Mohamed Morsi dead: Egypt’s first democratically-elected President DIES IN COURT


It affirmed 67-year-old Mr Morsi fainted after a court session and died tersely afterwards. The former President, a top figure for the Muslim Brotherhood, had been in send down since being toppled by the military in 2013 following mass avows against his rule. State television said he was in court for a hearing on protections of espionage eminating from suspected contacts with the Palestinian Islamist series Hamas.  

Nile News TV said: “The body has been transferred to a dispensary and necessary procedures are under way.”

Mr Morsi was serving a 20-year-sentence for a conviction arising from the success of protesters during mass demonstrations in 2012.

He was also serving a life punishment for espionage in a case related to the Gulf state of Qatar. 

Last year, a agglomeration of British MPs and lawyers issued a grave warning that Mr Morsi finished an early death because of the poor conditions in the jail in which he was being held.

The Detention Review Panel (DRP) had said the former President was “receiving incomplete medical care, particularly inadequate management of his diabetes, and inadequate administration of his liver disease”.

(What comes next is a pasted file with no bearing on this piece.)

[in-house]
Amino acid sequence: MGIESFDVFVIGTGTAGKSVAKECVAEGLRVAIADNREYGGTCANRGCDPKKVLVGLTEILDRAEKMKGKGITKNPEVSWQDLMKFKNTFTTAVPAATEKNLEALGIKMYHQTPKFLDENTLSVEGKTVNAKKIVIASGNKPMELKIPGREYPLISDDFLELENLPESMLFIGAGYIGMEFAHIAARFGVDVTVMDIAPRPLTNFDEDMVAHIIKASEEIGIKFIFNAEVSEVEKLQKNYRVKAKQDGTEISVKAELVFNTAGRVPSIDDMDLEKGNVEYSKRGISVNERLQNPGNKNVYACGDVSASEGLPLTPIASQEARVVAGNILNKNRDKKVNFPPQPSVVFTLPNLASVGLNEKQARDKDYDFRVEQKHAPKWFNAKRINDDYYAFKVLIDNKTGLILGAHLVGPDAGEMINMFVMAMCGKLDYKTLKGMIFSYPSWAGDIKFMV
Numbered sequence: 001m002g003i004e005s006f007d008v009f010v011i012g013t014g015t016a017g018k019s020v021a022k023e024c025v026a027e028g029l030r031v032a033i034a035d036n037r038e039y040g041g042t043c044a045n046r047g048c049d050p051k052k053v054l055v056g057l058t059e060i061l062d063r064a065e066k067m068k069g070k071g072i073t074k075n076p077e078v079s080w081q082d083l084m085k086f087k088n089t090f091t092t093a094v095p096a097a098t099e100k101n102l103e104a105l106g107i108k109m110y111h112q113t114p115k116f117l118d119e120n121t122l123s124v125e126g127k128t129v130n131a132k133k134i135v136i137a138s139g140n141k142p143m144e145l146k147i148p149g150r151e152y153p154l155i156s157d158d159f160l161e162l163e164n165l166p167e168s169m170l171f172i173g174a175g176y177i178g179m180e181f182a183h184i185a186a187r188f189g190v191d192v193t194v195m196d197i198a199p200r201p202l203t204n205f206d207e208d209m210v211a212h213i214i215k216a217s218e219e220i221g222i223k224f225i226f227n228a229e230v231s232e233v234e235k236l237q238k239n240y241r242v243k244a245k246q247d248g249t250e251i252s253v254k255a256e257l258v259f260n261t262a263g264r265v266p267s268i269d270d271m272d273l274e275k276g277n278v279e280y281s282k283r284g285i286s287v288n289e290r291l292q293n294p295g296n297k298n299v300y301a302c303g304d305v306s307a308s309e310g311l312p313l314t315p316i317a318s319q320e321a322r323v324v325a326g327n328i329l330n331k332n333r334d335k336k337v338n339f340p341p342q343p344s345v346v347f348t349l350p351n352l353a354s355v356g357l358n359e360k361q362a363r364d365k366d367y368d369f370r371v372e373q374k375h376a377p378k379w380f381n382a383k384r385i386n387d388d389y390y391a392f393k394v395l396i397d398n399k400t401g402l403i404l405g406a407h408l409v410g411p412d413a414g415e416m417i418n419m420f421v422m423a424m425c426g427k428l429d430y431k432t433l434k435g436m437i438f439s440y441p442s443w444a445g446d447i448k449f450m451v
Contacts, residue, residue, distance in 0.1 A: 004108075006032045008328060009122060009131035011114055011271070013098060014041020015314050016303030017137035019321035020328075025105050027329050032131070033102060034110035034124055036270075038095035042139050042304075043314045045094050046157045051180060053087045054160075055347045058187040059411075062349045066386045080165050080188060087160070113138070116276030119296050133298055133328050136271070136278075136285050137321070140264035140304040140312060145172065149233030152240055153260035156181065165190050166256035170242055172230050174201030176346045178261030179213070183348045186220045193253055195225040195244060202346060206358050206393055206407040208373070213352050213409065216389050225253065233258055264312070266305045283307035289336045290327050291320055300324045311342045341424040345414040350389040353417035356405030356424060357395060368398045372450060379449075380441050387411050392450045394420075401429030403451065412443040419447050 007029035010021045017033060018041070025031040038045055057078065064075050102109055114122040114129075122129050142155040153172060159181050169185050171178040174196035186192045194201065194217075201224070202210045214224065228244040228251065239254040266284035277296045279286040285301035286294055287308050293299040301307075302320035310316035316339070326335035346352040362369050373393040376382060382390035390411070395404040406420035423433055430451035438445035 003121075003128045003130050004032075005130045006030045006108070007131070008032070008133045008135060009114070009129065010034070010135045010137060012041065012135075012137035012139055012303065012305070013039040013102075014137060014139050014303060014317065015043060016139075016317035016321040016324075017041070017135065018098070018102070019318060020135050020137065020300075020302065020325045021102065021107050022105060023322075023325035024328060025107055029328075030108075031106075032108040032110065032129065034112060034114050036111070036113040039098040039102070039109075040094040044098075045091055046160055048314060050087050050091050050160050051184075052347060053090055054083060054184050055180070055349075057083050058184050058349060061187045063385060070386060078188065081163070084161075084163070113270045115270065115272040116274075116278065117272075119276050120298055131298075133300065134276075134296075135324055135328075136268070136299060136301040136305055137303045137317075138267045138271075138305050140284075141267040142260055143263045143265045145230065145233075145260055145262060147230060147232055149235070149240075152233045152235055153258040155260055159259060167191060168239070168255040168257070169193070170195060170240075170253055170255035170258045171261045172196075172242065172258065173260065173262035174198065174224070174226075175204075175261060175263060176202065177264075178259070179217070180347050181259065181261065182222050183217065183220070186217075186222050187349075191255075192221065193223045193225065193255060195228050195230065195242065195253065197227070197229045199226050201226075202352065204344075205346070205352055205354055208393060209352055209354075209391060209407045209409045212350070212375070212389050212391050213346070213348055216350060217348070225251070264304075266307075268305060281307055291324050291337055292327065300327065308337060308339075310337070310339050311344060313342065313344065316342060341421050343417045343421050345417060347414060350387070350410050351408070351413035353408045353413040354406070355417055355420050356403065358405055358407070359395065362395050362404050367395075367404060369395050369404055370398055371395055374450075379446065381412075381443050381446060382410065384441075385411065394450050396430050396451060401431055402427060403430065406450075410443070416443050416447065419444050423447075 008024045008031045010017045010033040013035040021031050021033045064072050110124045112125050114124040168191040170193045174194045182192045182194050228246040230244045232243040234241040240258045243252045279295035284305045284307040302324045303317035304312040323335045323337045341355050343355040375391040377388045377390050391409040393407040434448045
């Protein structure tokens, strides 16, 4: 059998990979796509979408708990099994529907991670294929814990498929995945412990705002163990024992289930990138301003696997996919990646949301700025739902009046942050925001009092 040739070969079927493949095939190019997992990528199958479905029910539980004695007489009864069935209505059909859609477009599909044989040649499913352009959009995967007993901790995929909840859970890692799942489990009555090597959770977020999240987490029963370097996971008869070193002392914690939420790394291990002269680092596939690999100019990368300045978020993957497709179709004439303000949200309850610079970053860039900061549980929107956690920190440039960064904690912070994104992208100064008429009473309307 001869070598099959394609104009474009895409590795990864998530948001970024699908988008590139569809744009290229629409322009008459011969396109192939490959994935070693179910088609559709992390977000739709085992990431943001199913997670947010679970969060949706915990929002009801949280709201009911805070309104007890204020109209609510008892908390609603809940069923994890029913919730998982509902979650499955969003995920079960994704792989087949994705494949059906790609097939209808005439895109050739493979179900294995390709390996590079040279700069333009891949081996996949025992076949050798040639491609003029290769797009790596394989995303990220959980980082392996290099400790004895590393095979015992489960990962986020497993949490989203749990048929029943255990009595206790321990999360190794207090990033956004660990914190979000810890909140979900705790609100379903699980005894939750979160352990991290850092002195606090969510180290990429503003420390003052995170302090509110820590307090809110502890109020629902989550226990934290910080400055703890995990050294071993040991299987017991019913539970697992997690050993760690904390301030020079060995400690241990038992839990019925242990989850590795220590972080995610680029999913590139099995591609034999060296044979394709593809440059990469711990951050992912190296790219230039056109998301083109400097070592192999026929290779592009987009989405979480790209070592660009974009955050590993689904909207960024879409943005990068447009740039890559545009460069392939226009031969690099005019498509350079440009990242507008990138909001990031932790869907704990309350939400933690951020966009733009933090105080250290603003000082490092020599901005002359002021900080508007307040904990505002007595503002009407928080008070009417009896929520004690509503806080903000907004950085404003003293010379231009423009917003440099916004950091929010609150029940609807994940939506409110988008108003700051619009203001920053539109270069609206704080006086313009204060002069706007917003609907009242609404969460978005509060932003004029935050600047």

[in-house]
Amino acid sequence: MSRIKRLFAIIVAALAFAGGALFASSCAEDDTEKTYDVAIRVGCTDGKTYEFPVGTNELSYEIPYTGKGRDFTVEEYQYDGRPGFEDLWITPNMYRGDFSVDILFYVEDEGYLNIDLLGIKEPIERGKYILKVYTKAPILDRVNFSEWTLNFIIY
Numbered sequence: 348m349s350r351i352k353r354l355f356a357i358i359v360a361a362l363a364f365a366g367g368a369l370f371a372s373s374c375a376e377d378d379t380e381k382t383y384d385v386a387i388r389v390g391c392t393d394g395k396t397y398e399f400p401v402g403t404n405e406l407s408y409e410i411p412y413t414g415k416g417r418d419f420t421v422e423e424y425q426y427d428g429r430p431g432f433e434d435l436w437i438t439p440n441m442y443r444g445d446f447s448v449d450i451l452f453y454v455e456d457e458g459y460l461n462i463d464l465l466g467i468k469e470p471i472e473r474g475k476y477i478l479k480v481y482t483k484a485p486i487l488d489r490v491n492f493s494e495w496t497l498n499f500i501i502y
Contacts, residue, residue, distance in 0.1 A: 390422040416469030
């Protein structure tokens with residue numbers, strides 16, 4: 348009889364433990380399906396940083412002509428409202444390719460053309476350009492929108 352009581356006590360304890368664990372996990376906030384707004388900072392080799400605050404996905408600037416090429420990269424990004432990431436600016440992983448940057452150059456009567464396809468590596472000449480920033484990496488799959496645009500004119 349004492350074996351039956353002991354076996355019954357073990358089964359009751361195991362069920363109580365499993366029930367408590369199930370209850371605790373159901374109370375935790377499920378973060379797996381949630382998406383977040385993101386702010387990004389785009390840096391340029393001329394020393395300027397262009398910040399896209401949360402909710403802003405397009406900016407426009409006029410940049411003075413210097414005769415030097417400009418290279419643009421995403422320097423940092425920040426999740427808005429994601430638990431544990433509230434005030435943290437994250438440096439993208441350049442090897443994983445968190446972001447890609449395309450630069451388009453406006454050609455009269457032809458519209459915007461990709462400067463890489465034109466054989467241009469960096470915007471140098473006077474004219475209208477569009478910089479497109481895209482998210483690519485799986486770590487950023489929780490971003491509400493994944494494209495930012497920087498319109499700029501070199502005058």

The DRP added Mr Morsi was being held in the Tora jug in Cairo and had been in solitary confinement for more than three years.

Mr Morsi was the fifth President of Egypt but at worst served for a year from June 30, 2012 until July 3, 2013, when Combined General Abdel Fattah el-Sisi removed him from office.

But condign three days before he was ousted, protests erupted across Egypt, with protesters speciality for the President’s resignation.

He was given a 48-hour ultimatum by the military to meet their requires and resolve political differences, who warned they would intervene by “implementing their own avenue map” for the country.

He was then unseated on July 3 by a military coup council consisting of Defense Emissary Abdel Fattah el-Sisi, opposition leader Mohamed ElBaradei, the Main Imam of Al Azhar Ahmed el-Tayeb, and Coptic Pope Tawadros II. 

The Muslim Friendship protested against the military coup, but the pro-Morsi protests were vanquished in the Rabaa massacre in August 2013, when more than 800 people were killed.

Since being defeated, prosecutors in Egypt has sought the death penalty for the crimes Mr Morsi had been permeated with.

But the move was denounced by Amnesty International as “a charade based on null and ineffectual procedures.”

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